State Legislative Roundup: Packaging EPR and Auxiliary Containers

Almost every state legislature has convened for the year, and a few have already finished their regular sessions. In the rest, bill introduction deadlines and chamber crossover deadlines are quickly approaching, so recyclers should keep a close eye on the amendments that will impact their businesses. ReMA makes it easy to view the bills and regulations targeting paper as well as other commodities and issues on our State Resources and Tracking pages.

Packaging EPR / Product Stewardship

To date, there have been 11 extended producer responsibility (EPR) model bills that include packaging in their scope. Previous years had seen declining interest in EPR for products such as paper that have existing recycling markets, but recent media coverage of ocean plastics and market difficulties likely drove some renewed attention.

These bills range from measures such as Indiana SB 619 that specifically target printed paper and packaging to framework bills such as Massachusetts HB 810 that could bring a wide range of materials under its scope. These bills typically do not move beyond their committee of origin (similar bills have been introduced annually in Indiana for several years).

Auxiliary Containers,

Bills seeking to impose restrictions or fees on plastic and paper bags and other containers have also spiked following media coverage; we are only 3 months into 2019, and ReMA is already tracking more auxiliary container bills than were introduced in the entire 2017-2018 cycle. While many of these bills specifically target plastic bags, others also seek to restrict paper bags or set manufacturing requirements for design or recycled content.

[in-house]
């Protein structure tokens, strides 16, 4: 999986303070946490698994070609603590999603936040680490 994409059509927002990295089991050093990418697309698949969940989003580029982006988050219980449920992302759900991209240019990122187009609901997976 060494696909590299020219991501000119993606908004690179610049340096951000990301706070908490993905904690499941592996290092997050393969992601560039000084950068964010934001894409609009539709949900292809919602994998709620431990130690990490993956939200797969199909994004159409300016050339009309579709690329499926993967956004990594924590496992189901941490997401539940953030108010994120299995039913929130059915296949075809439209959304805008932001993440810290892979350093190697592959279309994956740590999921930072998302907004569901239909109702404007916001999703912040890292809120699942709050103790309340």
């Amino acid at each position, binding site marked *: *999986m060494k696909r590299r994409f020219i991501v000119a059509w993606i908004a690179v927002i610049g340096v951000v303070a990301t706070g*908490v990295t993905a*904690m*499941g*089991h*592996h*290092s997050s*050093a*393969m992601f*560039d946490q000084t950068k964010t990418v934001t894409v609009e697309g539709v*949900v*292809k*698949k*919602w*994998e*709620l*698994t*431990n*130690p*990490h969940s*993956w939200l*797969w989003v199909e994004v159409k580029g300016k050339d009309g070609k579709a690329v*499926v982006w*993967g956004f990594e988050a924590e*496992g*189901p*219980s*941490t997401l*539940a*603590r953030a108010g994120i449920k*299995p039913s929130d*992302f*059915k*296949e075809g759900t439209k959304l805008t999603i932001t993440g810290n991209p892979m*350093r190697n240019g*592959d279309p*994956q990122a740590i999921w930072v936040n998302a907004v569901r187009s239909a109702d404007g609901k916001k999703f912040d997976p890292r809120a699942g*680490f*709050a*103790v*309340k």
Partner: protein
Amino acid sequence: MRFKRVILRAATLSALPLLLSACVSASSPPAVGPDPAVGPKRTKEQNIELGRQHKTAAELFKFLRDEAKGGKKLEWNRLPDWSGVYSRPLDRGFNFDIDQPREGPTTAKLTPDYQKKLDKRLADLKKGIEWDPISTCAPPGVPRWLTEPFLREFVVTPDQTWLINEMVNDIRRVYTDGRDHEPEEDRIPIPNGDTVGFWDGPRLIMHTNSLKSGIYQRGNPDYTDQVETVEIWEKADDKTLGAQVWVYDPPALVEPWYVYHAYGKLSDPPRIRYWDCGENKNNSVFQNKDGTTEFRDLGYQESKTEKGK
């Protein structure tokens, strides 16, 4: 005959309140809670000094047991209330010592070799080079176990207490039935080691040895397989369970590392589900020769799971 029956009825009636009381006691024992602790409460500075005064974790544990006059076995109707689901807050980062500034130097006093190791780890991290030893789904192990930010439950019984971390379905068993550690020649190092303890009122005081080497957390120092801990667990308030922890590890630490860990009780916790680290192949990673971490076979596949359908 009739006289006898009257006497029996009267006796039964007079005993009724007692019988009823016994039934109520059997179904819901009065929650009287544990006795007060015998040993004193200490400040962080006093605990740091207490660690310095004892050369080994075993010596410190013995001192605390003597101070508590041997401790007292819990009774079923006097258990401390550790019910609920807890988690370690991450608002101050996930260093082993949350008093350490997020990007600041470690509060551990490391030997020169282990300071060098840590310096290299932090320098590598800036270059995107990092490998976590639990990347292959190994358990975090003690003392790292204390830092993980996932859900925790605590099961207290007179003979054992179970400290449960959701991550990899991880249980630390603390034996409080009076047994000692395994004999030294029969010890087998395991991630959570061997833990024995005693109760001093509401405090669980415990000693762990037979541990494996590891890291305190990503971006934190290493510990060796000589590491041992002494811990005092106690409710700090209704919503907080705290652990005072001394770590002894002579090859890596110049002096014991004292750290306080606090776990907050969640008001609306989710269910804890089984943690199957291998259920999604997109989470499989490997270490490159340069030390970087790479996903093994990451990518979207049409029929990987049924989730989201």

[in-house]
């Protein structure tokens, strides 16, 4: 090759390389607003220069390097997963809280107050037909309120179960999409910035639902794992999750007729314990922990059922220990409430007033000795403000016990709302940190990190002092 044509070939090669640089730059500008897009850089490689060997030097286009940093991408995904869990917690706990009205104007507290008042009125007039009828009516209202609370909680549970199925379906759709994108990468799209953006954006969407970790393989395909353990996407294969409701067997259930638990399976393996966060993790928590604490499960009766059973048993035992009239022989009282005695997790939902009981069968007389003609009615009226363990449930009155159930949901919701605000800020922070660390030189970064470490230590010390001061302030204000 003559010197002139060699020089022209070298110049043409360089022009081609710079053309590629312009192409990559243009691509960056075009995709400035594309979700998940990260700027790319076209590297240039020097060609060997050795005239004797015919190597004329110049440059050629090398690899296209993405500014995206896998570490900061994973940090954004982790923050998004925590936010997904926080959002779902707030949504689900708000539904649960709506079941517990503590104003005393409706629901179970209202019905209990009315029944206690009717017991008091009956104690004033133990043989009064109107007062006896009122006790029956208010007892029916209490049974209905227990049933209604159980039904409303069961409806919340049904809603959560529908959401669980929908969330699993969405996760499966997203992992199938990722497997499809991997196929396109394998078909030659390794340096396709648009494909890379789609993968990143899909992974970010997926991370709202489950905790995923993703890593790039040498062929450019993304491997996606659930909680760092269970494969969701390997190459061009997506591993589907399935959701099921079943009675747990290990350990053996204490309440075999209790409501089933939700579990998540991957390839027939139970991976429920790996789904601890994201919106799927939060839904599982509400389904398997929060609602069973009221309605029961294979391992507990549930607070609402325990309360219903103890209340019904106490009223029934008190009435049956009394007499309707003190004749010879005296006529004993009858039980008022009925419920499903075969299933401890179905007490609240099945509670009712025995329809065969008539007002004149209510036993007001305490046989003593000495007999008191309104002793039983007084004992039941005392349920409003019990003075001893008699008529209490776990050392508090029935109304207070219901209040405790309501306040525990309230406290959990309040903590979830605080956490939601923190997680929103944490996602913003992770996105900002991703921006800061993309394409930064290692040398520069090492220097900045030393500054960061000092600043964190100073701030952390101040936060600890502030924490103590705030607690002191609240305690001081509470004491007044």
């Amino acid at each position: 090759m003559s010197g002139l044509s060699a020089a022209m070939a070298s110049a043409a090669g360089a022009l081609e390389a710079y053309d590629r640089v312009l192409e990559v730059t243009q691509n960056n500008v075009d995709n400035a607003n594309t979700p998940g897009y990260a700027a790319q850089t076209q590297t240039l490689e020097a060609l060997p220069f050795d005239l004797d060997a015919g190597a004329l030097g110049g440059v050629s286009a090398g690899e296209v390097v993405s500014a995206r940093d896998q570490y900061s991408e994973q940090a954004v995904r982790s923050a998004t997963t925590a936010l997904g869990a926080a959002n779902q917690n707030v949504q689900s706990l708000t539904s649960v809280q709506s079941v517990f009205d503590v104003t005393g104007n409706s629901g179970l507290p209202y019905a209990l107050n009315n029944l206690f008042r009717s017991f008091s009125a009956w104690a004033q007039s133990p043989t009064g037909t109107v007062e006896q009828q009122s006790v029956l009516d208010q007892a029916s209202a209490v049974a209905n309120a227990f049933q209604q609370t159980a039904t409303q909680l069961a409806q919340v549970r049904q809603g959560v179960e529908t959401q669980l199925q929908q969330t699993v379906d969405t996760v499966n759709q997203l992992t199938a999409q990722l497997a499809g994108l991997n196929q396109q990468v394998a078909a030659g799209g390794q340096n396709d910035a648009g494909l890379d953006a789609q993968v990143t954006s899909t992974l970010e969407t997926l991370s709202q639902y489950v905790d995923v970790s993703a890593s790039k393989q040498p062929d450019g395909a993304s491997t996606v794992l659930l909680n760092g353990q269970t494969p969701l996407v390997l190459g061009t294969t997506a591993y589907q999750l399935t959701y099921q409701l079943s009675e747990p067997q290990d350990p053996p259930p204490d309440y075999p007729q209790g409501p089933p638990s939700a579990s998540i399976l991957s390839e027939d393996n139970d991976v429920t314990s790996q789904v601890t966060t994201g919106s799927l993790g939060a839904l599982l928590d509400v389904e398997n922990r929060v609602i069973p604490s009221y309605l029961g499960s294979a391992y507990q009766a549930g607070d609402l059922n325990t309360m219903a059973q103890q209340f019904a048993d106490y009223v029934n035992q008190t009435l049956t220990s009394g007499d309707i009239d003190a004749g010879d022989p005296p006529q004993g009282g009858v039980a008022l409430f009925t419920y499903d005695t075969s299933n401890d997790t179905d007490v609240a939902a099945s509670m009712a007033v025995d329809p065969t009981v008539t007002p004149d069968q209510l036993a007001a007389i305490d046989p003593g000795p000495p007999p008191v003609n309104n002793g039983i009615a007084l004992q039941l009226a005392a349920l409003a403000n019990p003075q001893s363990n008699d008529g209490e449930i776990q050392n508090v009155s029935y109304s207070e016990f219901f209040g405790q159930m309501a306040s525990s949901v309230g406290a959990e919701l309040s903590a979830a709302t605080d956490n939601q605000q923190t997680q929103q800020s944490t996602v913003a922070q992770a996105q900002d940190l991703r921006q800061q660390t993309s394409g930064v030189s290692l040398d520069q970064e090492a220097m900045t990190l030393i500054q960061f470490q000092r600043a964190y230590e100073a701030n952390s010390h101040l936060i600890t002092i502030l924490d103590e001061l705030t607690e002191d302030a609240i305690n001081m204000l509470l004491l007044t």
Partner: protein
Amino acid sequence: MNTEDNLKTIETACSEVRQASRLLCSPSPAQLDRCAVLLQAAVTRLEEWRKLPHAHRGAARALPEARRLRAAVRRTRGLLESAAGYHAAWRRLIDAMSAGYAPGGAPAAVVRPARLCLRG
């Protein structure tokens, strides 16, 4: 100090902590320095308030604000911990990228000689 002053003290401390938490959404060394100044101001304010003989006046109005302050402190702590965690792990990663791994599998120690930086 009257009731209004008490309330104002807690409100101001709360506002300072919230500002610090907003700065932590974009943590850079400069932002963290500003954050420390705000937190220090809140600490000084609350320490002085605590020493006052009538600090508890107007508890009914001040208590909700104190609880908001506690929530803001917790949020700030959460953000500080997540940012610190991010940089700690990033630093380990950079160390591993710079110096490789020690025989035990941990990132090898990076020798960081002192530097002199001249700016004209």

Despite the large majority of these bills seeking state or local bans or taxes on bags, only California has passed a statewide ban. Instead, bills prohibiting city or county restrictions on auxiliary containers have been the only ones to pass in recent sessions. However, 2019 could prove a tipping point:

  • The New Jersey governor and legislature declared their intent to pass legislation in 2018, but so far have not done so; 2018 NJ AB 3267 was vetoed for not going far enough (5 cent fee on single use carryout bags);
  • Illinois and New York governors included auxiliary container restrictions in their budget requests;
  • Washington SB 5323, banning single use plastic carryout bags, requiring a "pass-through" charge on recycled content paper bags and reusable plastic bags, and setting manufacturer standards for paper and reusable bags, passed the Senate with minor amendments and has been referred to the House Environment and Energy Committee.
If you'd like to find out what changes could impact your company, visit ISRI's State Policy page or contact Danielle Waterfield if you have any questions about the system or legislation impacting your state. 

Have Questions?